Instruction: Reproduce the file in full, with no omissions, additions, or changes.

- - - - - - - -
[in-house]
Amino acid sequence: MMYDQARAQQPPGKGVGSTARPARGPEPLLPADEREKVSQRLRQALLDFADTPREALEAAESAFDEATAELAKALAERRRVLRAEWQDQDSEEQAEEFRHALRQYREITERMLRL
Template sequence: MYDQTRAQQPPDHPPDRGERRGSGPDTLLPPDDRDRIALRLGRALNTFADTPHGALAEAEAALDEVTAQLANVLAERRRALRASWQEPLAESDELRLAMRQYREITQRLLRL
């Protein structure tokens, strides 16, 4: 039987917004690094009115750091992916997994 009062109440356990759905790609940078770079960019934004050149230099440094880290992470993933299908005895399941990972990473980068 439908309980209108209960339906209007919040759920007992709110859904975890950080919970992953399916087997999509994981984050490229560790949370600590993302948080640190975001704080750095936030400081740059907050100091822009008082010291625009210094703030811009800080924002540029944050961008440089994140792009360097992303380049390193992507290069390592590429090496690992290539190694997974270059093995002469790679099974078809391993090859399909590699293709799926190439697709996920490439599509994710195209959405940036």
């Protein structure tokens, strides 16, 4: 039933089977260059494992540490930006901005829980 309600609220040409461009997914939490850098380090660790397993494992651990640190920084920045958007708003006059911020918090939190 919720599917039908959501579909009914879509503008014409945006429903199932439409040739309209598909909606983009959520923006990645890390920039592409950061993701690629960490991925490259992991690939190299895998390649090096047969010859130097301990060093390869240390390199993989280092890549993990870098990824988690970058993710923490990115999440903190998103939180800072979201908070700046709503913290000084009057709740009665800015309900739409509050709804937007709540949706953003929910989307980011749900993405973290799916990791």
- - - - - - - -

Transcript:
[in-house]
Amino acid sequence: MMYDQARAQQPPGKGVGSTARPARGPEPLLPADEREKVSQRLRQALLDFADTPREALEAAESAFDEATAELAKALAERRRVLRAEWQDQDSEEQAEEFRHALRQYREITERMLRL
Template sequence: MYDQTRAQQPPDHPPDRGERRGSGPDTLLPPDDRDRIALRLGRALNTFADTPHGALAEAEAALDEVTAQLANVLAERRRALRASWQEPLAESDELRLAMRQYREITQRLLRL
């Protein structure tokens, strides 16, 4: 039987917004690094009115750091992916997994 009062109440356990759905790609940078770079960019934004050149230099440094880290992470993933299908005895399941990972990473980068 439908309980209108209960339906209007919040759920007992709110859904975890950080919970992953399916087997999509994981984050490229560790949370600590993302948080640190975001704080750095936030400081740059907050100091822009008082010291625009210094703030811009800080924002540029944050961008440089994140792009360097992303380049390193992507290069390592590429090496690992290539190694997974270059093995002469790679099974078809391993090859399909590699293709799926190439697709996920490439599509994710195209959405940036």
């Protein structure tokens, strides 16, 4: 039933089977260059494992540490930006901005829980 309600609220040409461009997914939490850098380090660790397993494992651990640190920084920045958007708003006059911020918090939190 919720599917039908959501579909009914879509503008014409945006429903199932439409040739309209598909909606983009959520923006990645890390920039592409950061993701690629960490991925490259992991690939190299895998390649090096047969010859130097301990060093390869240390390199993989280092890549993990870098990824988690970058993710923490990115999440903190998103939180800072979201908070700046709503913290000084009057709740009665800015309900739409509050709804937007709540949706953003929910989307980011749900993405973290799916990791």